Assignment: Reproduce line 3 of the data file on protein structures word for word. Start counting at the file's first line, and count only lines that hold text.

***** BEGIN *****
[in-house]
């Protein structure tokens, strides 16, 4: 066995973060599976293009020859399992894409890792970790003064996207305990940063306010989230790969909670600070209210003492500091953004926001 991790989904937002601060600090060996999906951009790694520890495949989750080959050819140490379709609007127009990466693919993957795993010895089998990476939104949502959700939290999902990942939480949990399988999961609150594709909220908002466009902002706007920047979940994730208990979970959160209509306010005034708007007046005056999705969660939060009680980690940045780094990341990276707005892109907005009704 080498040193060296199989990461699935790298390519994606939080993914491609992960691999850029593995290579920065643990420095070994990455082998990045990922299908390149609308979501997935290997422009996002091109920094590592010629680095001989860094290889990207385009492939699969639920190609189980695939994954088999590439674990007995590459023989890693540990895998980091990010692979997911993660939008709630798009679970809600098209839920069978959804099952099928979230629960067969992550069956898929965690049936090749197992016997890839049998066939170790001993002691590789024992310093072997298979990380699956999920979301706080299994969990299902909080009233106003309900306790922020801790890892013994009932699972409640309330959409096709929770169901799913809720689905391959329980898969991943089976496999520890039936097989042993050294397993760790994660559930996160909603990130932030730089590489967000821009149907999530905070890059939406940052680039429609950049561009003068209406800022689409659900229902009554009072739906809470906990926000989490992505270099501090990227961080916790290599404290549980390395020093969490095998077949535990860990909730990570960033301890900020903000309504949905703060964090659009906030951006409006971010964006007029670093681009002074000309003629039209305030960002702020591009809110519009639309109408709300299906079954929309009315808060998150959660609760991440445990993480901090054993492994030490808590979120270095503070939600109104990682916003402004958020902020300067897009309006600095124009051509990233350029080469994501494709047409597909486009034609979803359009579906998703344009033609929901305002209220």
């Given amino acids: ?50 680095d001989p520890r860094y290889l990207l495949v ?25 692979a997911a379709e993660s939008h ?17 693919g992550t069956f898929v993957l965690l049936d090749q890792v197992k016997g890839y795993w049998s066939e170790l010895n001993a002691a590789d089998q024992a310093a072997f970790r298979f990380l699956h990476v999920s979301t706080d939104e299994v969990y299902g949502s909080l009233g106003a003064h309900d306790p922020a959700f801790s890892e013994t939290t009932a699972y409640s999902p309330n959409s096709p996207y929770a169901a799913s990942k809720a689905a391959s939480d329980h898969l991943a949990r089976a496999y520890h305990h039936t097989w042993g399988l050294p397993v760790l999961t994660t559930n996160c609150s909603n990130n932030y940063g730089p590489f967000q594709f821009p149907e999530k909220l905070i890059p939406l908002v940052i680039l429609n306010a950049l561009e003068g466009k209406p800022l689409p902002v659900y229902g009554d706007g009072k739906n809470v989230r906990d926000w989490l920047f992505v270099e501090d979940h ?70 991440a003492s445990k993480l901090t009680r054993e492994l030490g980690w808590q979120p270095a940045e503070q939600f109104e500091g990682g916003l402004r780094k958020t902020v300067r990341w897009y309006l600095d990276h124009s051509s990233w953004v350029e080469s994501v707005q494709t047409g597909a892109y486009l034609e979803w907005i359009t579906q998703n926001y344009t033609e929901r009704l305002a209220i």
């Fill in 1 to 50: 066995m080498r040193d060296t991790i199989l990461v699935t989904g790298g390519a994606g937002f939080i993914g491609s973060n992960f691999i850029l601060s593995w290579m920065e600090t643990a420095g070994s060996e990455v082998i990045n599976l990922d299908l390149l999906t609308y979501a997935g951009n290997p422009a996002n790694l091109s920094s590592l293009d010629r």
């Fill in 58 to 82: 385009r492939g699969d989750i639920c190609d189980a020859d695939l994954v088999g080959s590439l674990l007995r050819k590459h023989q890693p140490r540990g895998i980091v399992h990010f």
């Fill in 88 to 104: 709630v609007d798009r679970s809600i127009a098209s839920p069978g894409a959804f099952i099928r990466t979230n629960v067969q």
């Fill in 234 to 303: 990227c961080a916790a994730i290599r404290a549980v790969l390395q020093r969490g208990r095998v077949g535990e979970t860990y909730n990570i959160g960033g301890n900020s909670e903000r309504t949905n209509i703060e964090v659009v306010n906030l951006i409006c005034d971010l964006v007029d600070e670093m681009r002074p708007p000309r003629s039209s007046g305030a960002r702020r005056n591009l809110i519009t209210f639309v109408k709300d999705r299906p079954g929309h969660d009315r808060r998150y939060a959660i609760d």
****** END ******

């Given amino acids: ?50 680095d001989p520890r860094y290889l990207l495949v ?25 692979a997911a379709e993660s939008h ?17 693919g992550t069956f898929v993957l965690l049936d090749q890792v197992k016997g890839y795993w049998s066939e170790l010895n001993a002691a590789d089998q024992a310093a072997f970790r298979f990380l699956h990476v999920s979301t706080d939104e299994v969990y299902g949502s909080l009233g106003a003064h309900d306790p922020a959700f801790s890892e013994t939290t009932a699972y409640s999902p309330n959409s096709p996207y929770a169901a799913s990942k809720a689905a391959s939480d329980h898969l991943a949990r089976a496999y520890h305990h039936t097989w042993g399988l050294p397993v760790l999961t994660t559930n996160c609150s909603n990130n932030y940063g730089p590489f967000q594709f821009p149907e999530k909220l905070i890059p939406l908002v940052i680039l429609n306010a950049l561009e003068g466009k209406p800022l689409p902002v659900y229902g009554d706007g009072k739906n809470v989230r906990d926000w989490l920047f992505v270099e501090d979940h ?70 991440a003492s445990k993480l901090t009680r054993e492994l030490g980690w808590q979120p270095a940045e503070q939600f109104e500091g990682g916003l402004r780094k958020t902020v300067r990341w897009y309006l600095d990276h124009s051509s990233w953004v350029e080469s994501v707005q494709t047409g597909a892109y486009l034609e979803w907005i359009t579906q998703n926001y344009t033609e929901r009704l305002a209220i």